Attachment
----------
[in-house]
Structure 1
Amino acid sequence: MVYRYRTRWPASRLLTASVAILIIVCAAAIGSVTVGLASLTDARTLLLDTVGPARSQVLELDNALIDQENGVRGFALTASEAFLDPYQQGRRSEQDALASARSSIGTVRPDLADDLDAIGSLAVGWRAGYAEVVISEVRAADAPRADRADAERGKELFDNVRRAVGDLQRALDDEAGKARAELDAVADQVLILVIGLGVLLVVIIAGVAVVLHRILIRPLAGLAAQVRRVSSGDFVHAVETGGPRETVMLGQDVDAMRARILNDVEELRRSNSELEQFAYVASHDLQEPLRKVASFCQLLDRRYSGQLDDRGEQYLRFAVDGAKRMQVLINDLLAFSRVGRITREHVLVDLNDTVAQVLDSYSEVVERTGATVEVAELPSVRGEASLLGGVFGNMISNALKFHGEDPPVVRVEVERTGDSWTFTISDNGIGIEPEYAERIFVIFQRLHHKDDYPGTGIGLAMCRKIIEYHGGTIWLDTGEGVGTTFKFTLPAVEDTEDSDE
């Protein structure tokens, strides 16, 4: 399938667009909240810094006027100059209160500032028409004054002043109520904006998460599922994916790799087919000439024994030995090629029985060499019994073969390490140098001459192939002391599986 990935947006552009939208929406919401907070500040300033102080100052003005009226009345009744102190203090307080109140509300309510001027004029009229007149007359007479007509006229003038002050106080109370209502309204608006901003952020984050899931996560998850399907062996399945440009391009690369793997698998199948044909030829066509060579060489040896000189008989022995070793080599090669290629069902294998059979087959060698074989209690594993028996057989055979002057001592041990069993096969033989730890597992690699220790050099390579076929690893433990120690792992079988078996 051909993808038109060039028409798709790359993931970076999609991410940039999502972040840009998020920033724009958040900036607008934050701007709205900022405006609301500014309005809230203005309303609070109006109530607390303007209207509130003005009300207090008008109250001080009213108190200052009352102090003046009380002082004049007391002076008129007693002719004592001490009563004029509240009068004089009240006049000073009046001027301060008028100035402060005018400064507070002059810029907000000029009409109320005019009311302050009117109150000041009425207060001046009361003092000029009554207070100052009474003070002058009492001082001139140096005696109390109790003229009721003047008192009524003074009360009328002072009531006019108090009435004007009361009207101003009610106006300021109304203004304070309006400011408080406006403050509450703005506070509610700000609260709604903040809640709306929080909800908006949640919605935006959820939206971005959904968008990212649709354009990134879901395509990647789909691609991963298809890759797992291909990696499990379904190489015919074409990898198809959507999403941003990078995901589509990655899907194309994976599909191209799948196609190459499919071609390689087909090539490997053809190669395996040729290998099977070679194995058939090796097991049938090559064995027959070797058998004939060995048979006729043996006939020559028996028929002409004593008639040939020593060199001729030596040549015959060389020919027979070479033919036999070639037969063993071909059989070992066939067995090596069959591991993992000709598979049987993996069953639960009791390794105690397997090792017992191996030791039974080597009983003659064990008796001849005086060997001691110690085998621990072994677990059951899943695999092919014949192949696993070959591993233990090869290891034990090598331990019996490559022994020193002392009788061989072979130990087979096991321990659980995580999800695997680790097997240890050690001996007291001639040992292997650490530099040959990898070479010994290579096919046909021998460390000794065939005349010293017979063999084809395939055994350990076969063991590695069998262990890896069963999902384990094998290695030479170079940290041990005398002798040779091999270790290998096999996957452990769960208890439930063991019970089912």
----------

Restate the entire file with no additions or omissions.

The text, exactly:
[in-house]
Structure 1
Amino acid sequence: MVYRYRTRWPASRLLTASVAILIIVCAAAIGSVTVGLASLTDARTLLLDTVGPARSQVLELDNALIDQENGVRGFALTASEAFLDPYQQGRRSEQDALASARSSIGTVRPDLADDLDAIGSLAVGWRAGYAEVVISEVRAADAPRADRADAERGKELFDNVRRAVGDLQRALDDEAGKARAELDAVADQVLILVIGLGVLLVVIIAGVAVVLHRILIRPLAGLAAQVRRVSSGDFVHAVETGGPRETVMLGQDVDAMRARILNDVEELRRSNSELEQFAYVASHDLQEPLRKVASFCQLLDRRYSGQLDDRGEQYLRFAVDGAKRMQVLINDLLAFSRVGRITREHVLVDLNDTVAQVLDSYSEVVERTGATVEVAELPSVRGEASLLGGVFGNMISNALKFHGEDPPVVRVEVERTGDSWTFTISDNGIGIEPEYAERIFVIFQRLHHKDDYPGTGIGLAMCRKIIEYHGGTIWLDTGEGVGTTFKFTLPAVEDTEDSDE
């Protein structure tokens, strides 16, 4: 399938667009909240810094006027100059209160500032028409004054002043109520904006998460599922994916790799087919000439024994030995090629029985060499019994073969390490140098001459192939002391599986 990935947006552009939208929406919401907070500040300033102080100052003005009226009345009744102190203090307080109140509300309510001027004029009229007149007359007479007509006229003038002050106080109370209502309204608006901003952020984050899931996560998850399907062996399945440009391009690369793997698998199948044909030829066509060579060489040896000189008989022995070793080599090669290629069902294998059979087959060698074989209690594993028996057989055979002057001592041990069993096969033989730890597992690699220790050099390579076929690893433990120690792992079988078996 051909993808038109060039028409798709790359993931970076999609991410940039999502972040840009998020920033724009958040900036607008934050701007709205900022405006609301500014309005809230203005309303609070109006109530607390303007209207509130003005009300207090008008109250001080009213108190200052009352102090003046009380002082004049007391002076008129007693002719004592001490009563004029509240009068004089009240006049000073009046001027301060008028100035402060005018400064507070002059810029907000000029009409109320005019009311302050009117109150000041009425207060001046009361003092000029009554207070100052009474003070002058009492001082001139140096005696109390109790003229009721003047008192009524003074009360009328002072009531006019108090009435004007009361009207101003009610106006300021109304203004304070309006400011408080406006403050509450703005506070509610700000609260709604903040809640709306929080909800908006949640919605935006959820939206971005959904968008990212649709354009990134879901395509990647789909691609991963298809890759797992291909990696499990379904190489015919074409990898198809959507999403941003990078995901589509990655899907194309994976599909191209799948196609190459499919071609390689087909090539490997053809190669395996040729290998099977070679194995058939090796097991049938090559064995027959070797058998004939060995048979006729043996006939020559028996028929002409004593008639040939020593060199001729030596040549015959060389020919027979070479033919036999070639037969063993071909059989070992066939067995090596069959591991993992000709598979049987993996069953639960009791390794105690397997090792017992191996030791039974080597009983003659064990008796001849005086060997001691110690085998621990072994677990059951899943695999092919014949192949696993070959591993233990090869290891034990090598331990019996490559022994020193002392009788061989072979130990087979096991321990659980995580999800695997680790097997240890050690001996007291001639040992292997650490530099040959990898070479010994290579096919046909021998460390000794065939005349010293017979063999084809395939055994350990076969063991590695069998262990890896069963999902384990094998290695030479170079940290041990005398002798040779091999270790290998096999996957452990769960208890439930063991019970089912």